North Carolina Class Gives Special Needs Kids The Chance to Dance
These kids are already champions.
Kim Smith has been dancing since she was two years old, which is why she hoped her daughter Reagan would have the same chance to enjoy it. Unfortunately there were no classes that could accommodate kids with special needs like Reagan—who has autism—in Charlotte, North Carolina. Frustrated, Smith set out to find a class that could.
Smith posted that she was looking for a space to teach kids with special needs to dance on Facebook, and received a response from longtime dance teacher Donna Mitzel, who offered up her space for the cause, reports Today. And so "A Chance to Dance" was born.
"I just want to give them the opportunity, to let them shine," Smith tells Today. "I would like for people to see their faces, watch their videos, see them dance, and see the possibilities, not the disability."
Years later, the class now has 34 students and 10 volunteer teachers. The students have a variety of conditions, including autism, Down syndrome, blindness, achondroplasia (a form of dwarfism), lower leg amputations, cerebral palsy, and epilepsy. Smith says they never turn a would-be dancer away—they simply modify their style to meet each child's needs.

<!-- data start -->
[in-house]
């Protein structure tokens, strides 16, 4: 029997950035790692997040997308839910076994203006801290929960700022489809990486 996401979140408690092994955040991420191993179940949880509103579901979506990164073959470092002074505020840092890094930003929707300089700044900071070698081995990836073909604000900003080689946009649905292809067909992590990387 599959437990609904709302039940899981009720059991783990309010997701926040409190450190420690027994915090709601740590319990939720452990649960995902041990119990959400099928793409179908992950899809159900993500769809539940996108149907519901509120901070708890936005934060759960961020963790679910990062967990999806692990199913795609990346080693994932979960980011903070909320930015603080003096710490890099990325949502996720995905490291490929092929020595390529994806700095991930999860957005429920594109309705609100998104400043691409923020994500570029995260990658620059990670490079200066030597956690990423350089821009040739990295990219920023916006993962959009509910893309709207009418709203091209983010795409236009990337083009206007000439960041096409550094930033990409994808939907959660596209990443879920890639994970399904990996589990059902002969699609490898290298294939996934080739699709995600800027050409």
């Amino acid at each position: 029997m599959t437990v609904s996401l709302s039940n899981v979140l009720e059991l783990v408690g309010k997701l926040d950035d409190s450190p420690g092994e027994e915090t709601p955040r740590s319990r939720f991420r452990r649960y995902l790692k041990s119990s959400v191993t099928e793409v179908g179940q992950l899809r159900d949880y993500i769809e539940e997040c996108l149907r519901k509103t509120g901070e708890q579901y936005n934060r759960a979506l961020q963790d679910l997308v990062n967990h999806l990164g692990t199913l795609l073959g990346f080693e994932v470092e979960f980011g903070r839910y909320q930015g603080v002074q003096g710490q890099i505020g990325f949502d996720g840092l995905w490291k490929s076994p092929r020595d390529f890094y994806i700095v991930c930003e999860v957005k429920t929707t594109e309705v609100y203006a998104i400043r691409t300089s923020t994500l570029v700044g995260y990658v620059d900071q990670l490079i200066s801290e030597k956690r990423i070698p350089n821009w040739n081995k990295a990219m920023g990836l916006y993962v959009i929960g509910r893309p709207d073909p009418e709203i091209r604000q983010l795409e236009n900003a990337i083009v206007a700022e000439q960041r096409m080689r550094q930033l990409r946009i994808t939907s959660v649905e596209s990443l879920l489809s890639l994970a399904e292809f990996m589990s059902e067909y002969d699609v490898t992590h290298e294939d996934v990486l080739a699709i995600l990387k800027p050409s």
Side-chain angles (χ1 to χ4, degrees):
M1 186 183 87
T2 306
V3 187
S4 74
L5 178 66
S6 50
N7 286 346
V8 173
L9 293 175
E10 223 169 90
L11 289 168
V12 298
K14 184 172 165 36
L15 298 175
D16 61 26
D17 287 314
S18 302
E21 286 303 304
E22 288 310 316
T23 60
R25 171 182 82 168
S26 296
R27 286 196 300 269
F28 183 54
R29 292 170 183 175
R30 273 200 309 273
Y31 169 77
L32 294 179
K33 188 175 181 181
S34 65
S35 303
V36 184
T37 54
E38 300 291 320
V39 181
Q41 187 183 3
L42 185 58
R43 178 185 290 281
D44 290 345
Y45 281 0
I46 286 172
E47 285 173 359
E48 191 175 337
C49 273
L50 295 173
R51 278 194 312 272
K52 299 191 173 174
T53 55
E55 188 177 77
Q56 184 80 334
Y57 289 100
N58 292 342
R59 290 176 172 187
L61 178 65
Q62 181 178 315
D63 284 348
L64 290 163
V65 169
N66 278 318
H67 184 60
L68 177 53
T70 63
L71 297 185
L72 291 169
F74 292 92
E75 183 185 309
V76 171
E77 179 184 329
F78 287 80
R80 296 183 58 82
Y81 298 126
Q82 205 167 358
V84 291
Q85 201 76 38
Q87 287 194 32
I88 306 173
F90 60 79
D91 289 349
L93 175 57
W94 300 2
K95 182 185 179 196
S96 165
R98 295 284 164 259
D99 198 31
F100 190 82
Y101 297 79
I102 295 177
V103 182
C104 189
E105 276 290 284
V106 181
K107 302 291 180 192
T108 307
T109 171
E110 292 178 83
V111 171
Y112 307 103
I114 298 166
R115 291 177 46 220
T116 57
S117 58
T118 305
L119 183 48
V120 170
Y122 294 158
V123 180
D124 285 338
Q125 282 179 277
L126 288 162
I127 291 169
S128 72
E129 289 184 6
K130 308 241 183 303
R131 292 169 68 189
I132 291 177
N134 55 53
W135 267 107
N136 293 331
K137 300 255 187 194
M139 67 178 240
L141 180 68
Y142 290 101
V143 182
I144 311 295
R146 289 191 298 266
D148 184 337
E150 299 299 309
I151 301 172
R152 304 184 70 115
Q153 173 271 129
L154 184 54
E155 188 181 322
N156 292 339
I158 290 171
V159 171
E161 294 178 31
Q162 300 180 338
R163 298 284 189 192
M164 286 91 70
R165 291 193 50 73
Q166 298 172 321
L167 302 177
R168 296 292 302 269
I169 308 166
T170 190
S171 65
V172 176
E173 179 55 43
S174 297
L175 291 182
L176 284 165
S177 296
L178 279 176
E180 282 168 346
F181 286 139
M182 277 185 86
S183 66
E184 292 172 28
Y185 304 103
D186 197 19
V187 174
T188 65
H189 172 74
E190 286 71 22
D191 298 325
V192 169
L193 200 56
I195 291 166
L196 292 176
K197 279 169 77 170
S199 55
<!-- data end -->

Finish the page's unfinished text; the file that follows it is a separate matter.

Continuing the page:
Angie Sinyard's six-year-old daughter, Sophia Grace, has tuberous sclerosis, a genetic disorder that causes tumors in the brain, eyes, heart, kidneys, skin and lungs. She also suffers from epilepsy, autism, and ADHD. But none of that keeps her from dance class.
"It is the one thing she has to look forward to every week. She would wear her tutus and ballet stuff 24/7 if we would let her," Sinyard tells Today.
She says that Sophia is with people who accept her for who she is, and it has done wonders for her confidence.
"There are not enough words to express how happy we are to see her dance. The first time we watched her dance I think my husband and I cried for a full 30 minutes. She literally was shining," Sinyard adds.
This spring, A Chance to Dance's competition squad is going against non-disabled dancers, but Sinyard isn't worried.
"Watch out! We are going to be champions," she says. "Who I am kidding? We already are."